My mother kept a sourdough starter when I was young, and the pancakes and bread she made are now a treasured food memory. Rehydrating sourdough starter from dried flakes is one way to keep the tradition alive.
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Some years back, my BFF Jenny gave me a copy of “The Art of Baking with Natural Yeast,” by Caleb Warnock & Melissa Richardson. The book is all about starting and using Sourdough Starter in baking as a health consideration, the basic premise being,
Commercial yeast is so foreign to our bodies that many people are allergic to it. But natural yeast converts dough into a digestible, vitamin-rich food that’s free from harmful enzymes and won’t spike your body’s defenses.
The authors explain that almost all yeast used in baking today was created in a lab, stating “for the first time in 6,000 years, humans are eating bread that is not made with natural yeast.” In other words, according to the authors, it isn’t the gluten that is causing so many to develop Celiac and other related digestive diseases; it is the synthetic yeasts that we ingest that are predisposing our bodies to gluten intolerance.
One study using sourdough bread made with specific strains of bacteria found that it could reduce gluten intolerance in people sensitive to wheat gluten. While that doesn’t mean that people diagnosed with gluten intolerance can eat sourdough bread with impunity, it does suggest that the bread is more easily digested than other breads made with wheat flour. (Reader’s Digest)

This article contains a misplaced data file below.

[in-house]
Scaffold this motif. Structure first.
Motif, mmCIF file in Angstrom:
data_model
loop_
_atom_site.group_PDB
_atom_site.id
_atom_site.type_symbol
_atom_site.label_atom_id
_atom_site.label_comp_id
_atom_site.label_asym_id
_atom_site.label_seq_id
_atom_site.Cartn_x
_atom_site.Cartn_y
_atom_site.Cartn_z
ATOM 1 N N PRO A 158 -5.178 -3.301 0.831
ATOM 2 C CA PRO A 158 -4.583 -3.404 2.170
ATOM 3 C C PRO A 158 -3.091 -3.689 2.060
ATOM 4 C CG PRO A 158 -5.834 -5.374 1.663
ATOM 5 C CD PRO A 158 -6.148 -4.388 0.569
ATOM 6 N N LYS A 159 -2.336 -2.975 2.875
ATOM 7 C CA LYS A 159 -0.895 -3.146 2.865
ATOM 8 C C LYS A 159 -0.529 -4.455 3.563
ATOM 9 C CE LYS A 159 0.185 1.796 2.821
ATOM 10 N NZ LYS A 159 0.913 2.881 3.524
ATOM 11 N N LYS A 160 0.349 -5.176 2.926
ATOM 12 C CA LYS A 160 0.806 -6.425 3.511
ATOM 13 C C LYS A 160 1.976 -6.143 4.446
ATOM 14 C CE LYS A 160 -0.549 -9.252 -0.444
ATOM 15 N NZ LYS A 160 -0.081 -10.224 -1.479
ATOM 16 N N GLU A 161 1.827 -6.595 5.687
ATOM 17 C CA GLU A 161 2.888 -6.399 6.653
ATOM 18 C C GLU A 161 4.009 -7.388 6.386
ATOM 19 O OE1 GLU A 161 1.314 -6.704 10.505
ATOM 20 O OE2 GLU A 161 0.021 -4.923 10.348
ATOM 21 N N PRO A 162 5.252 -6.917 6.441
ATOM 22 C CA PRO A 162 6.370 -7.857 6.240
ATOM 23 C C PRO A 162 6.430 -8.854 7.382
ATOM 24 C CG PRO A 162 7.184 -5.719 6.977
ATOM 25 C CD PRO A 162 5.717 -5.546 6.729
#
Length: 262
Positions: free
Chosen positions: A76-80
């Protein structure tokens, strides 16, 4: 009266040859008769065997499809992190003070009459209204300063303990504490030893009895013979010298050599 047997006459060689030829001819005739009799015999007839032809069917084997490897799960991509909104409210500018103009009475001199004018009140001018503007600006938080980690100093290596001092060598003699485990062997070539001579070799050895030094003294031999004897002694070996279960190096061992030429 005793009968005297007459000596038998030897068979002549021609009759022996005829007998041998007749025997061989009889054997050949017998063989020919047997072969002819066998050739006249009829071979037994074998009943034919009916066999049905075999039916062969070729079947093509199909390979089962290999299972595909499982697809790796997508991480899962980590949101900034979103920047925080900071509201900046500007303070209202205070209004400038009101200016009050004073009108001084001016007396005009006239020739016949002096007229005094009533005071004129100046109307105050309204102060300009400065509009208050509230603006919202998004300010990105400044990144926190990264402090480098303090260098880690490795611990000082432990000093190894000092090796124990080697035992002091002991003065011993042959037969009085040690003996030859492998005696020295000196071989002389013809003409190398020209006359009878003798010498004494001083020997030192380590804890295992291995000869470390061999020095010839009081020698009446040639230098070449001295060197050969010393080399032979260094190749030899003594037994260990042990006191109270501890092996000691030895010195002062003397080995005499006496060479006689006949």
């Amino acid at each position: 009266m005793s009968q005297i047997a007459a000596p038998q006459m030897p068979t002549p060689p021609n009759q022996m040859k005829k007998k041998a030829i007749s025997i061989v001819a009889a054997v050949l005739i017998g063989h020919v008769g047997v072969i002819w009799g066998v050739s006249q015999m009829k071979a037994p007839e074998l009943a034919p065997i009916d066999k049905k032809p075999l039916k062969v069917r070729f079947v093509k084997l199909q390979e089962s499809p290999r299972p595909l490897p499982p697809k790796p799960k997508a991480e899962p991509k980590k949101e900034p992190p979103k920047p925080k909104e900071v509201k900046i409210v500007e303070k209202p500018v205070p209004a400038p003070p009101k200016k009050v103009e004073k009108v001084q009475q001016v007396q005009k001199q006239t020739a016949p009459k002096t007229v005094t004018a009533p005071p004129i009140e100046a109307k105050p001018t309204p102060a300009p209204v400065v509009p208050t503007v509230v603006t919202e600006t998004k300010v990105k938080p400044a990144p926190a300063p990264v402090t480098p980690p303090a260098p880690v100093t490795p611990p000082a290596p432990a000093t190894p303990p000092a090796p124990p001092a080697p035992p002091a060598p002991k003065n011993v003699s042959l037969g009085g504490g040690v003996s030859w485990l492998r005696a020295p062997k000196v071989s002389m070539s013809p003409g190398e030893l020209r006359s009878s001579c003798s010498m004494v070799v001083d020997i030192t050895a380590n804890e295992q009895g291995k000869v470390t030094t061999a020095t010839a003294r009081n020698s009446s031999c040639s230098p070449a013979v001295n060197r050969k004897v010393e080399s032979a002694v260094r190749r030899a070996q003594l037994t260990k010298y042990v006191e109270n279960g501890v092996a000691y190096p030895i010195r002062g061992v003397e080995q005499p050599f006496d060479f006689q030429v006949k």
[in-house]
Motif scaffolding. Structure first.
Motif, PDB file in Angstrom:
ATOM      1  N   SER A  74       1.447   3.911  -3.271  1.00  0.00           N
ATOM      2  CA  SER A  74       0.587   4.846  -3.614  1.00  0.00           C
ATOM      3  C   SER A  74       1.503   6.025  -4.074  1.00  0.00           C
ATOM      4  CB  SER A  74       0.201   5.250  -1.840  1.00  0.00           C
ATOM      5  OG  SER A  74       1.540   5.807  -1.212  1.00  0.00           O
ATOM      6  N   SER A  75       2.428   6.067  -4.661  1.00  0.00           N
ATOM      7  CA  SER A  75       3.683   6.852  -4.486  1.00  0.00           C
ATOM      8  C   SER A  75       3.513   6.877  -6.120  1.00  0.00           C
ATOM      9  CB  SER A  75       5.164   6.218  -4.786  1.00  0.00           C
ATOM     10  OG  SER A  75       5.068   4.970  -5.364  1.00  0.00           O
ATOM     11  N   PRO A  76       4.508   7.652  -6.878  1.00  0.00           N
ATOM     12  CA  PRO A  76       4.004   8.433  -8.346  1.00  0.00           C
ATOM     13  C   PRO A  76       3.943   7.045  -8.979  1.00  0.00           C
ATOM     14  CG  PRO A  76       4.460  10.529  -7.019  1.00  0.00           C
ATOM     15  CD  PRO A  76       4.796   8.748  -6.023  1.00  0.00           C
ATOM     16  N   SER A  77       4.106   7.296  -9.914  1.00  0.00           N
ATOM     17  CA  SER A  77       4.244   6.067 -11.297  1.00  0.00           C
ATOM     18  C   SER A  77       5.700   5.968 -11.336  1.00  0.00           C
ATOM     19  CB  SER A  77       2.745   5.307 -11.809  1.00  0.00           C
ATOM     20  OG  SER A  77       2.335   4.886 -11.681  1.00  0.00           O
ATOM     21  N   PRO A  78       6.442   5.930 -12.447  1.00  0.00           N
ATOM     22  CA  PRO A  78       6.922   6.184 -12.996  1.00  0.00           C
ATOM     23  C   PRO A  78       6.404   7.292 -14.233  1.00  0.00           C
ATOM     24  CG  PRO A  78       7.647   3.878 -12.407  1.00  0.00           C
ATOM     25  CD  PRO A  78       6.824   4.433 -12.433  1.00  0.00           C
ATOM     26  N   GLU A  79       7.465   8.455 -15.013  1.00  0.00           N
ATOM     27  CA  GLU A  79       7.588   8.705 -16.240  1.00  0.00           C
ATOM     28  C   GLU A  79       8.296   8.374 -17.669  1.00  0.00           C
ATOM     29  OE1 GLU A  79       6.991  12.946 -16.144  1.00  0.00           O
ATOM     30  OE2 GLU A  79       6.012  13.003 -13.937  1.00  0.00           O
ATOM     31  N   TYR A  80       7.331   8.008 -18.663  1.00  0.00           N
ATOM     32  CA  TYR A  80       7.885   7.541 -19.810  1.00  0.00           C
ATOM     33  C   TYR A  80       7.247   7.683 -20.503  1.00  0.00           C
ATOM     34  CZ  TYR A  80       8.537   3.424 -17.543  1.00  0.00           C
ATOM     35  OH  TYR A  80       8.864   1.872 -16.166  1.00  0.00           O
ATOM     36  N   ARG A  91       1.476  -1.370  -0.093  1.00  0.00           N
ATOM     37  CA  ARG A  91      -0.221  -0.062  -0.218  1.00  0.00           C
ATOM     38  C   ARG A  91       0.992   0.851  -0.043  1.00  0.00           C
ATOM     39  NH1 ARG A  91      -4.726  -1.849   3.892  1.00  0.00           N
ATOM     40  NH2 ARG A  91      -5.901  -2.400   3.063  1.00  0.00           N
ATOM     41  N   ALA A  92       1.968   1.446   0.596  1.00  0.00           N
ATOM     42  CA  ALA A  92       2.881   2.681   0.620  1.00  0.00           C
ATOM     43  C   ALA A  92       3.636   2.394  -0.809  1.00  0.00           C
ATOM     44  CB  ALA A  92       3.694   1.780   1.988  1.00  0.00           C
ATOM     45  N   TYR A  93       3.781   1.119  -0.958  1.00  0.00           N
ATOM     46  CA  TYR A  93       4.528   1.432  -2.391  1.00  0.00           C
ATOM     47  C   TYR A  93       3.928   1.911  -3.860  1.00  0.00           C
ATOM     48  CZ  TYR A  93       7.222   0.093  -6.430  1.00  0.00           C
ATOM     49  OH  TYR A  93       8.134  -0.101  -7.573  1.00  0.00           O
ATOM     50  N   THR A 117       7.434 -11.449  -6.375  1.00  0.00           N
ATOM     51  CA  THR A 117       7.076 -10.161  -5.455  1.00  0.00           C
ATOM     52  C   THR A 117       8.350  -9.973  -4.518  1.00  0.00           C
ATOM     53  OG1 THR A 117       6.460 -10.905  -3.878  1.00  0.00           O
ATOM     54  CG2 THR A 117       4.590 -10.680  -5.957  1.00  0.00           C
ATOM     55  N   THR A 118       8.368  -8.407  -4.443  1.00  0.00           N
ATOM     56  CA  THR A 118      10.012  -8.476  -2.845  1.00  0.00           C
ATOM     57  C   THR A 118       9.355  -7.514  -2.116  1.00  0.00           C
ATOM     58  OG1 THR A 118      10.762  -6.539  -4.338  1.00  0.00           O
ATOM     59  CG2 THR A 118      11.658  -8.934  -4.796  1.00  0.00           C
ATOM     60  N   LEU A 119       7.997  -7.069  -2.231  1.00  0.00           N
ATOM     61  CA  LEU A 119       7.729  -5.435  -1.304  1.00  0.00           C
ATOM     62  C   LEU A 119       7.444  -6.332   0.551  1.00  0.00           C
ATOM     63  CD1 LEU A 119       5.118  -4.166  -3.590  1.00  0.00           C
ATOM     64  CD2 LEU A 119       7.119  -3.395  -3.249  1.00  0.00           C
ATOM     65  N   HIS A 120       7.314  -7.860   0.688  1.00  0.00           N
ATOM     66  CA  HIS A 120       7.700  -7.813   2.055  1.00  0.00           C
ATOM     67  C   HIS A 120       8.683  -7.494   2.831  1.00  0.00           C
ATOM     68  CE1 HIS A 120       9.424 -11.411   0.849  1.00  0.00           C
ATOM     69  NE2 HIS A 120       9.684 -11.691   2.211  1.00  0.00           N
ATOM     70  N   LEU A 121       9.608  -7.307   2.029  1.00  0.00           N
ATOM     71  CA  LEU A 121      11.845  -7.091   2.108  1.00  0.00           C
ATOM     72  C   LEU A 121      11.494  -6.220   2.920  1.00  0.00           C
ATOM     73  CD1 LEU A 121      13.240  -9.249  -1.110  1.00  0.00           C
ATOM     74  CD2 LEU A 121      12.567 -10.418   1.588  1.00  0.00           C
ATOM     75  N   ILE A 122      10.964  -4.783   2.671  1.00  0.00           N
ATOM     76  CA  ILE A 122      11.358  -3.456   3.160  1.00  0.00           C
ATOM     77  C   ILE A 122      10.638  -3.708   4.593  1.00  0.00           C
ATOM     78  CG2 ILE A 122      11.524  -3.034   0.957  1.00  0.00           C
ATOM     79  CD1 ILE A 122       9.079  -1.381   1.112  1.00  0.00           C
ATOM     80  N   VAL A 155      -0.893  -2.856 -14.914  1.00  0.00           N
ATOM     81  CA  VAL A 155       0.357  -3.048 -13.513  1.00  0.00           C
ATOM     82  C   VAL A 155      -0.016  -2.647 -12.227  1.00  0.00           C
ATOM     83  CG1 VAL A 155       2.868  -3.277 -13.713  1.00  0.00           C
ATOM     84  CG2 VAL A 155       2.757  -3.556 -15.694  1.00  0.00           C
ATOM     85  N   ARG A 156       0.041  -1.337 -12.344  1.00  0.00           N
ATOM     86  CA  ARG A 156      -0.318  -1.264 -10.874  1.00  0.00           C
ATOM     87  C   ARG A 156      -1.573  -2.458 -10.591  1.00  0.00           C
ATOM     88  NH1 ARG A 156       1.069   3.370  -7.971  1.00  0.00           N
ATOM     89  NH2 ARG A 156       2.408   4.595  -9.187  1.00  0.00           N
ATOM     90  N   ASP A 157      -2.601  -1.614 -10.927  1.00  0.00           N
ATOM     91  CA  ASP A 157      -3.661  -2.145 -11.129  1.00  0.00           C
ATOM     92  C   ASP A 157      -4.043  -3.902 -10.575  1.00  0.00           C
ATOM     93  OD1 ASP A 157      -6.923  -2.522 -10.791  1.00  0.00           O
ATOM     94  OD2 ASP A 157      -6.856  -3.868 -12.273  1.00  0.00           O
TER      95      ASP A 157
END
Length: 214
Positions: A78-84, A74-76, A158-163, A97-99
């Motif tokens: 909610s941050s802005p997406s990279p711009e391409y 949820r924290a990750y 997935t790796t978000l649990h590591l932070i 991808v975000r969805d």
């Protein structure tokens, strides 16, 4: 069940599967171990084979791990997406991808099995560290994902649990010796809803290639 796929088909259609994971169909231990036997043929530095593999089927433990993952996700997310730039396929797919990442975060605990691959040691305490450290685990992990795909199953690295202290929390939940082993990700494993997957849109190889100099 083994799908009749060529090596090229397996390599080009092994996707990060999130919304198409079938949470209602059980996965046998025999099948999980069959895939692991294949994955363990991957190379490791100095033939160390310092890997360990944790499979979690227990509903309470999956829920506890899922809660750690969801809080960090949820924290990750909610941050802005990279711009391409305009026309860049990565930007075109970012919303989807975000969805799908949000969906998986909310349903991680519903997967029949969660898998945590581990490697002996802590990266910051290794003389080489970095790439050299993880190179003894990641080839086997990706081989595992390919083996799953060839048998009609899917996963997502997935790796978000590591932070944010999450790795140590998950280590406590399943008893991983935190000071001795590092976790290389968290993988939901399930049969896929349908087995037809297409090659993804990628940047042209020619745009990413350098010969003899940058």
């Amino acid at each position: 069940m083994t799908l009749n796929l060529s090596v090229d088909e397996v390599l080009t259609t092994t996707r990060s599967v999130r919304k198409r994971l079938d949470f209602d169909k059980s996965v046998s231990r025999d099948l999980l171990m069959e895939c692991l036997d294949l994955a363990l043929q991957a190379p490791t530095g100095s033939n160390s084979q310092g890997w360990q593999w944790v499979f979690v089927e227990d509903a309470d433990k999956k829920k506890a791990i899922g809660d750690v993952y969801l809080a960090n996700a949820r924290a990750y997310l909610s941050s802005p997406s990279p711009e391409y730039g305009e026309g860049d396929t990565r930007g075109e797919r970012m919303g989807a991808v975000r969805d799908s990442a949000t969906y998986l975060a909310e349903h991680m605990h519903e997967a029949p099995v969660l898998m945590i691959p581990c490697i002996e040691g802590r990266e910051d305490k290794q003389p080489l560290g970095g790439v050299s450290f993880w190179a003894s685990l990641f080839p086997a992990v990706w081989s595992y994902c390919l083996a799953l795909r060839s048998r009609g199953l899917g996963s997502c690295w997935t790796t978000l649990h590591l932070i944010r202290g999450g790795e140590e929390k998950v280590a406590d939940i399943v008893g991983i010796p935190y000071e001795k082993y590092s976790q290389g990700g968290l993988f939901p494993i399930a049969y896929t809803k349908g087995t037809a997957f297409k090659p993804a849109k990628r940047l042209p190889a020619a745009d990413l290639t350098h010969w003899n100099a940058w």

[While I can’t speak to the greater Celiac community, I can say that in this individual case, this theory ended up playing out true. Despite having a lifelong Celiac diagnosis and never tolerating commercial breads, Jenny’s daughter is safely eating and enjoying real bread again – long-rise (13+ hours), natural sourdough bread, that is. Read all about it in Kaylen’s Bread.]
Post Updated March 30, 2020: (Originally published August 27, 2013)
The first thing you need to do when you decide to start baking with sourdough is make (or get) a sourdough starter.
There are a may ways to procure a sourdough starter, including:
- Get some from your Nana: ready use in no time.
- Make a Rye Sourdough Starter: ready to use in 4-5 days. (NOTE: Rye sourdough starter is – by far – the easiest organic sourdough to start. All you need is rye flour and water.)
- Make a Starter from Dried Starter Flakes: ready to use in about two weeks. This is the method that we are going to discuss today.
Where to Get Dried Sourdough Starter Flakes
- Order Free Online: “Friends of Carl” will mail you Carl Griffith’s 1847 Oregon Trail Sourdough Starter in dried form for the cost of a self addressed stamped envelope. For details, visit Friends of Carl.
- Buy Dried Sourdough Starter Online: There are any number of purveyors of sourdough starter online. Breadtopia Marketplace, for example, will shipped to you dried (dormant) or in the actual living form.
- Buy Caleb’s Book: To aid readers in the process, when you buy “The Art of Baking with Natural Yeast,” Caleb will mail you dry sourdough starter for the price of a self-addressed, stamped envelope. I mailed my request off to Caleb and had these little babies in hand a week later.
Starting a Sourdough Starter from (a Very Small Amount of) Dried Sourdough Starter Flakes
Starting sourdough from dried flakes was a whole new experience for me, so I thought I’d go through it for you day by day, in case you are confronted with the same dilemma I was, in that I had just a very small amount of sourdough flakes with which to begin.